Burst down these closet doors once and for all, and stand up and start to fight – Harvey Milk 

Ladies, gents and non-binary friends, welcome to the gayest article you may ever read. It is pride month, and as such I am currently basking in the rainbow-hued light that June seems to emit. My name is Isobel Tiernan, I am sixteen years old, and I am a lesbian.  

That is, typically, how I would describe myself. If someone asked me to sum myself up in five words, ‘queer’ would definitely be one of them. But many people in the LGBTQ+ community would not list their sexuality or gender as a defining feature of who they are. Those people have as much pride, and as much claim to Pride, as an out-and-loud LGBTQ+ person does. That is, in short, what I am going to talk about today: Pride, and the labels we give ourselves.  

I want to mention that everything I say is my own personal experience and views. I would never claim to speak for the LGBTQ+ community, but would instead hope to make our collective voice louder by sharing my story.  

I have had the privilege, in our pretty socialist Ireland and with amazing liberal parents, of never having to be in the closet. The second I realised at the age of twelve that I fancied girls, I declared it to the world. I knew still liked lads as well, but I was a newly budding teen, only beginning to discover crushes and dating and the like. At fourteen, I told my parents about my first girlfriend, and that was that. I remained content in my label of bisexuality, up until this year. That badge, which I had taken pride in but never thought too much about, became a box. I felt myself choosing to ignore the itching feeling in my brain that told me that something didn’t feel right.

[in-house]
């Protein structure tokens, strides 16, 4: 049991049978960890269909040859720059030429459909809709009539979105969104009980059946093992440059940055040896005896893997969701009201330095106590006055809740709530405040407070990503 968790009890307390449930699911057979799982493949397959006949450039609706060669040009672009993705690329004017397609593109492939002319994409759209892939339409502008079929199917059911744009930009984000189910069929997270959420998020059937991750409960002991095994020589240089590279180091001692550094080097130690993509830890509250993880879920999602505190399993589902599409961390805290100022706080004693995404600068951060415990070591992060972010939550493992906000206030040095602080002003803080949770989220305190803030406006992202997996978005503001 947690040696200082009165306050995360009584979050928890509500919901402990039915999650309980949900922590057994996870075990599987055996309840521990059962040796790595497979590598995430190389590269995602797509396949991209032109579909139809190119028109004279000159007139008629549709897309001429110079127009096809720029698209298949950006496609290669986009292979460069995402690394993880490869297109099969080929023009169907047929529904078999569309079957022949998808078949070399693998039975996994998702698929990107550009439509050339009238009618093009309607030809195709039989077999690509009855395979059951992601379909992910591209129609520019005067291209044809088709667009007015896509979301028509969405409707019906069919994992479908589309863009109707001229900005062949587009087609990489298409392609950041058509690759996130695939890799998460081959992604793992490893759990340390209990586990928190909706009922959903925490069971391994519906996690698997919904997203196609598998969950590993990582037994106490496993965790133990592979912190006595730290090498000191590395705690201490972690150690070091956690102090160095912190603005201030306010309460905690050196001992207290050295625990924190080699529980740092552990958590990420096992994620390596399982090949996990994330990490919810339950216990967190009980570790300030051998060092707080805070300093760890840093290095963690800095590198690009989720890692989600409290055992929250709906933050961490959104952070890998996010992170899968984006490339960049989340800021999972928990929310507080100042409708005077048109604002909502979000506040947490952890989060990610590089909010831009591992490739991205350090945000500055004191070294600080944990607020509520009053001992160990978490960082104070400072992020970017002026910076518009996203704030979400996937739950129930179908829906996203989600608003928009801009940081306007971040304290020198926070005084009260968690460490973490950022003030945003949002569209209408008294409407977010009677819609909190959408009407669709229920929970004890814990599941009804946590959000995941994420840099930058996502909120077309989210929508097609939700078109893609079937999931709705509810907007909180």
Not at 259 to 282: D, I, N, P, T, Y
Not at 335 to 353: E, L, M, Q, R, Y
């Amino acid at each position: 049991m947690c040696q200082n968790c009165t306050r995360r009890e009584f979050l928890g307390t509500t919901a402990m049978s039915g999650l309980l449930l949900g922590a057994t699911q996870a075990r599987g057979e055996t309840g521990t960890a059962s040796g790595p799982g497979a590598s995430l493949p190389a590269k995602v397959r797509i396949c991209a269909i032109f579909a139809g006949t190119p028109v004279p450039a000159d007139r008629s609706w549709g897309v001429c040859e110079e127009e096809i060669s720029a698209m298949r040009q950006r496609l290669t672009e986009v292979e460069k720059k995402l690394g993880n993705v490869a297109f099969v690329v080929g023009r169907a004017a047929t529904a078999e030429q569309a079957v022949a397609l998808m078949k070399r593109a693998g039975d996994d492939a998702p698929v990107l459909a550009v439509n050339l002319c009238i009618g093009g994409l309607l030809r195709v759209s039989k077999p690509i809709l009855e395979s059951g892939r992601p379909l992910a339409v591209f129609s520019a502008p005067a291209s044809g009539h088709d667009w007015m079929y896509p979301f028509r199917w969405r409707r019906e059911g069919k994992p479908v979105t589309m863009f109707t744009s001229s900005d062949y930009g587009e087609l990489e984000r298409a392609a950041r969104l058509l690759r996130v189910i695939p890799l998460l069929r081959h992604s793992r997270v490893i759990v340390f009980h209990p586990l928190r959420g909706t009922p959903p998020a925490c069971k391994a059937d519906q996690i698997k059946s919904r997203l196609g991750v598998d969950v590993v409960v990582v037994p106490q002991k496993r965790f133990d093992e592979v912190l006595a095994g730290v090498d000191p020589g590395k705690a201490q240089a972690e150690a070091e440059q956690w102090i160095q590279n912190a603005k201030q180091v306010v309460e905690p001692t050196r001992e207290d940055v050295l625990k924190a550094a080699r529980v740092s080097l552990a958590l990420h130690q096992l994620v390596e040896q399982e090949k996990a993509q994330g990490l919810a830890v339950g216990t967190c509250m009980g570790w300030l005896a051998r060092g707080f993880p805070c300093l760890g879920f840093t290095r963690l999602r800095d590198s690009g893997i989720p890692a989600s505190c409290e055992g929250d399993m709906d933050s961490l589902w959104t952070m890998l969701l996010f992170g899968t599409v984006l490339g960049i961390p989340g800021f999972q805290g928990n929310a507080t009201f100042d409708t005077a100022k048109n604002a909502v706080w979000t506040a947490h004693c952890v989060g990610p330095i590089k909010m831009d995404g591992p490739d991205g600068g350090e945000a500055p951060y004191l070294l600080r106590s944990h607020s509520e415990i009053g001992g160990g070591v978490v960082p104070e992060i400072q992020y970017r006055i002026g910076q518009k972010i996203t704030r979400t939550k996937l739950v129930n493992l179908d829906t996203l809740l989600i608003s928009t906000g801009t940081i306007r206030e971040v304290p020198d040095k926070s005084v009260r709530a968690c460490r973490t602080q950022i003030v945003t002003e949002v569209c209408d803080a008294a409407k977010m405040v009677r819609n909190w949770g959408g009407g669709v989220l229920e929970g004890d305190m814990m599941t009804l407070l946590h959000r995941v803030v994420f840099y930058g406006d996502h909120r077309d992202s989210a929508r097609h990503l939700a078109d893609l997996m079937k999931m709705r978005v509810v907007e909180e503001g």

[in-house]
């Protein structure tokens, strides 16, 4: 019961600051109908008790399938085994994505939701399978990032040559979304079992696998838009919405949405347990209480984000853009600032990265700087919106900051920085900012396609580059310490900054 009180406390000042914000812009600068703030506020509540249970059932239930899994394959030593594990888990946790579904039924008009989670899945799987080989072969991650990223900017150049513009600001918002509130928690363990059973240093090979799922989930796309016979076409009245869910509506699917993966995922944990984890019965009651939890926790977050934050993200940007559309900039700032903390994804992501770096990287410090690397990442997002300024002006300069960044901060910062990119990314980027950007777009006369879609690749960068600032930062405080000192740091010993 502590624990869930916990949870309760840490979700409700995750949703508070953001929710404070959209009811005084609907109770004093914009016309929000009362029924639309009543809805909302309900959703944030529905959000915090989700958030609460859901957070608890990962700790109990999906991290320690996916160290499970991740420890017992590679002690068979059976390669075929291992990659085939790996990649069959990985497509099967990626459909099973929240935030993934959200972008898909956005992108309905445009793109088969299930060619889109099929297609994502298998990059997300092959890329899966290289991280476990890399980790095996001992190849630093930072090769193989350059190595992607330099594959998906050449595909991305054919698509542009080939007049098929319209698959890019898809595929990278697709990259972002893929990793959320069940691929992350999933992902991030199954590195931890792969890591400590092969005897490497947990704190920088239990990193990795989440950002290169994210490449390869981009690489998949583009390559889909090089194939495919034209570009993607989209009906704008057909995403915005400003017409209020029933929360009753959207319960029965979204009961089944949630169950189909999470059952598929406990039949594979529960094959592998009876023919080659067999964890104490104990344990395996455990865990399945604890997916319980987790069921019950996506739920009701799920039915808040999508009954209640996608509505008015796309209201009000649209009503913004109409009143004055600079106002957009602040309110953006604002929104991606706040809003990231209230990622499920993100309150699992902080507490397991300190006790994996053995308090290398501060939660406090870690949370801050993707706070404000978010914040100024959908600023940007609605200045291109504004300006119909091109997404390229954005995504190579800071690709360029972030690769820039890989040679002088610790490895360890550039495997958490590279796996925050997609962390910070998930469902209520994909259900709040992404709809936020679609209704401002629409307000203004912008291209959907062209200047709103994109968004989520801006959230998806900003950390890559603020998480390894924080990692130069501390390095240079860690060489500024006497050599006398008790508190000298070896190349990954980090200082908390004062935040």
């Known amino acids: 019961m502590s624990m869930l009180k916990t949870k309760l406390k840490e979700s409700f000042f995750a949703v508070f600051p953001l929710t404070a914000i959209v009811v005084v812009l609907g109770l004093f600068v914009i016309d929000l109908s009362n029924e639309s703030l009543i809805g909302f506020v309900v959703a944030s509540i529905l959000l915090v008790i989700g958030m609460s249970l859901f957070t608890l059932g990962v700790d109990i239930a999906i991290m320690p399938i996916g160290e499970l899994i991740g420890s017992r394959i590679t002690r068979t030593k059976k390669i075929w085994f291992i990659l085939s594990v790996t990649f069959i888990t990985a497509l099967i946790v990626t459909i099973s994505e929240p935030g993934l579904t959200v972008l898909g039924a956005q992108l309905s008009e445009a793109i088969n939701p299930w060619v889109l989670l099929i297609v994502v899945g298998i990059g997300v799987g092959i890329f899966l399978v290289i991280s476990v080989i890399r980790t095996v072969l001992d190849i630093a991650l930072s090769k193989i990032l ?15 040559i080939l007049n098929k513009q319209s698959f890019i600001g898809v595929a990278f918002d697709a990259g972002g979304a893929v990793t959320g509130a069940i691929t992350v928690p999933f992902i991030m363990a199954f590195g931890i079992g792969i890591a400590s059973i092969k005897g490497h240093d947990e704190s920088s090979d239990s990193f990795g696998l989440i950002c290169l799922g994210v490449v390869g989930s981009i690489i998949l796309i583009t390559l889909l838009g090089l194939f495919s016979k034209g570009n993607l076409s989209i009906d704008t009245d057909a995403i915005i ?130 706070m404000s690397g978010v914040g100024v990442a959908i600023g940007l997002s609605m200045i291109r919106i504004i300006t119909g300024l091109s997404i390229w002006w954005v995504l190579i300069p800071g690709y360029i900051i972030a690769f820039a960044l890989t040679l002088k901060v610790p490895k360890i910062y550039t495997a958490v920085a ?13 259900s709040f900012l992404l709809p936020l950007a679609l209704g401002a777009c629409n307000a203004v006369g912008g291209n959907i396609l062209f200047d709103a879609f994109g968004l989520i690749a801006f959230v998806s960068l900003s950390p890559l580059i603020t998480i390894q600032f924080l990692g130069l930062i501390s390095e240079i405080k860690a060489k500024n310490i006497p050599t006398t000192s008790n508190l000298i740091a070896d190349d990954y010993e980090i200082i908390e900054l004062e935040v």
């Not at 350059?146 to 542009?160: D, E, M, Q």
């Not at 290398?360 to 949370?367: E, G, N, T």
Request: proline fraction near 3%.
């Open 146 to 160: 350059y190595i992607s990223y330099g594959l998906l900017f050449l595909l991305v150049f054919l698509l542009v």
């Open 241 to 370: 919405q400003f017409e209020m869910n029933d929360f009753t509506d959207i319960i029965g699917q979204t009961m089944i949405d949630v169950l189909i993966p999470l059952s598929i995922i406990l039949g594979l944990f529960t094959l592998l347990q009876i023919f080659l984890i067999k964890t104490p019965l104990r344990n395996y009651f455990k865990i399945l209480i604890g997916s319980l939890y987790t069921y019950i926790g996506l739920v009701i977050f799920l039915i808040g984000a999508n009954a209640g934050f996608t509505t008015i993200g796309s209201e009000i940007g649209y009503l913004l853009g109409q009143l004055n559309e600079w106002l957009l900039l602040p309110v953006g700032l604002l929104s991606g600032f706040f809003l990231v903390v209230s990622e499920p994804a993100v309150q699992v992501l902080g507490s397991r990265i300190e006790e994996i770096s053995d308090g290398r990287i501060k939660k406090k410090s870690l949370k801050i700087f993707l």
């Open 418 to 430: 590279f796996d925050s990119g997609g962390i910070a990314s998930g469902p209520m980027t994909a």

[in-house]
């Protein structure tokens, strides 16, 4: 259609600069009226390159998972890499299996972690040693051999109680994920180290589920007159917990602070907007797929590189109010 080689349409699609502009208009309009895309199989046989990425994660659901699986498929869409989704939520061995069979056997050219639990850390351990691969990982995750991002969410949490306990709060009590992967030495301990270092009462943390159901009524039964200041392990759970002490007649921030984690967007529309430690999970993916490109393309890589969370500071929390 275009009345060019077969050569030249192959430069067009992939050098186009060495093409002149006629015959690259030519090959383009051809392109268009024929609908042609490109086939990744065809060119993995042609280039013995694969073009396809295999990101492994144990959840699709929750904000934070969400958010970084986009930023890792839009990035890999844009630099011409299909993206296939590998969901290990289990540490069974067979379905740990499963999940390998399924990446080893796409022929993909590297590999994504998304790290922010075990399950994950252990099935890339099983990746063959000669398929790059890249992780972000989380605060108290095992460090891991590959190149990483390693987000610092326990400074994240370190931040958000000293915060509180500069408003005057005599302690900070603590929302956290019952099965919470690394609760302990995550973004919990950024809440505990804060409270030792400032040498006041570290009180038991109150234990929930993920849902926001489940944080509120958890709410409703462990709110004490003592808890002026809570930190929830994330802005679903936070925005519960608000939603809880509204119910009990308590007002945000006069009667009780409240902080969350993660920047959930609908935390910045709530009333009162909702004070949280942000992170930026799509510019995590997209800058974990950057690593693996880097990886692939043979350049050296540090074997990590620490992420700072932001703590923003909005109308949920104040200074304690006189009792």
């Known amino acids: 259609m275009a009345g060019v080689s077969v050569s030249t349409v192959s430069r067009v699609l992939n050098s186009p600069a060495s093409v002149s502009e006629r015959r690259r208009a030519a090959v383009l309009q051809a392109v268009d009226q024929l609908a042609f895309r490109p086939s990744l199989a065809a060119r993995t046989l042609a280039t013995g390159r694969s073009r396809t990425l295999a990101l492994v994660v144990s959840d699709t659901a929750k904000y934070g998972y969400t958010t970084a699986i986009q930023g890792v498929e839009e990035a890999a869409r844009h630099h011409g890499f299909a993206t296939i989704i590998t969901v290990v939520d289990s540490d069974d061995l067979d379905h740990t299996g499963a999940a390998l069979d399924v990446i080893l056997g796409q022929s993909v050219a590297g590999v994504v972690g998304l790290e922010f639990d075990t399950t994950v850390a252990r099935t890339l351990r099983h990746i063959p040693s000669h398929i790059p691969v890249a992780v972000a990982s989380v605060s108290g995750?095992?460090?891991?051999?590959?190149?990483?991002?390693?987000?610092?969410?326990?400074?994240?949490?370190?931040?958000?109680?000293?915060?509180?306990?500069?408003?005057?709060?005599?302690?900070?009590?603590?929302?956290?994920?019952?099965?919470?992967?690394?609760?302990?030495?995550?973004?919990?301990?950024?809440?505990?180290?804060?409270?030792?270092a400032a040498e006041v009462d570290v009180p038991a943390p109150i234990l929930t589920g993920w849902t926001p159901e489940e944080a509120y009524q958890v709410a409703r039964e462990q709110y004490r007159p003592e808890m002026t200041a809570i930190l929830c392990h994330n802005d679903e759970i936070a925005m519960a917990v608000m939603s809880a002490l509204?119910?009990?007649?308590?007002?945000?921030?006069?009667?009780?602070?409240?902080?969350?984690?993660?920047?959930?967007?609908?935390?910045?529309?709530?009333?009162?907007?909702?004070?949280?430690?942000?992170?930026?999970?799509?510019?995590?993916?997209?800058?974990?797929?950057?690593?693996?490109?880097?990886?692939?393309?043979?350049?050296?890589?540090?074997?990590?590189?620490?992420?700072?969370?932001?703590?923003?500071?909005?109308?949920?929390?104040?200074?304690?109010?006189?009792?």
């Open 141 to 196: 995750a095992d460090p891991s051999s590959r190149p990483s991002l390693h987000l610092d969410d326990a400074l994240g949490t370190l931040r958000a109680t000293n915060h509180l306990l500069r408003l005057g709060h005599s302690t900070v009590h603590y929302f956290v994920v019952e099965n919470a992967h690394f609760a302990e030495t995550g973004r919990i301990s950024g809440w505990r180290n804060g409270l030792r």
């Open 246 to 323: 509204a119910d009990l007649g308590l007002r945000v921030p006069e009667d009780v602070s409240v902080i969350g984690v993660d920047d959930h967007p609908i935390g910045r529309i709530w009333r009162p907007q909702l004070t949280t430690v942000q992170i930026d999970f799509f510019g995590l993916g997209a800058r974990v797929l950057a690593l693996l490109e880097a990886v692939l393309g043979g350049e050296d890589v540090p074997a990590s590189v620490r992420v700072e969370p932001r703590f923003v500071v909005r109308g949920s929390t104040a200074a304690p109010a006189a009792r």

I ignored it, until I couldn’t.  

I firmly believe that humans never stop changing over the course of our lives. We adapt, and evolve, and our perception of ourselves must adapt and evolve too. So it was when I first called myself a lesbian, that I truly felt like a whole person. Realising I was a lesbian felt like coming home to myself. Shedding the gender stereotypes of being ‘too feminine’ and accepting myself as a gay woman felt so natural I nearly gasped. And I love that word: Lesbian. Sure, gay and queer are good words, and I would use them, but they’re not all meLesbian is a badge I wear with pride, reclaimed from the days when gay women only existed in people’s minds to please men. Lesbian is not a sexual or dirty word. I call myself a lesbian as easily as I call myself a woman.  

But there are a lot of people who don’t get to live who they are. Whose badge still feels like a box. But Pride was made for us all. You are as deserving of feeling proud of yourself if you are closeted as I do. Because Pride is not just the rainbows and labels and confetti; Pride is also the glance at the LGBTQ+ bookshelf in the Book Shop, it’s the small smudge of blush on a masculine cheek, and it’s the quiet smile that fills your chest when you see two women holding hands. 

Pride is for her, and him, and they and them.  

Pride, for me, is for every LGBTQ+ person, because we all have something to be proud about.  

By Isobel Tiernan 


Supported By

Our Pro bono Partners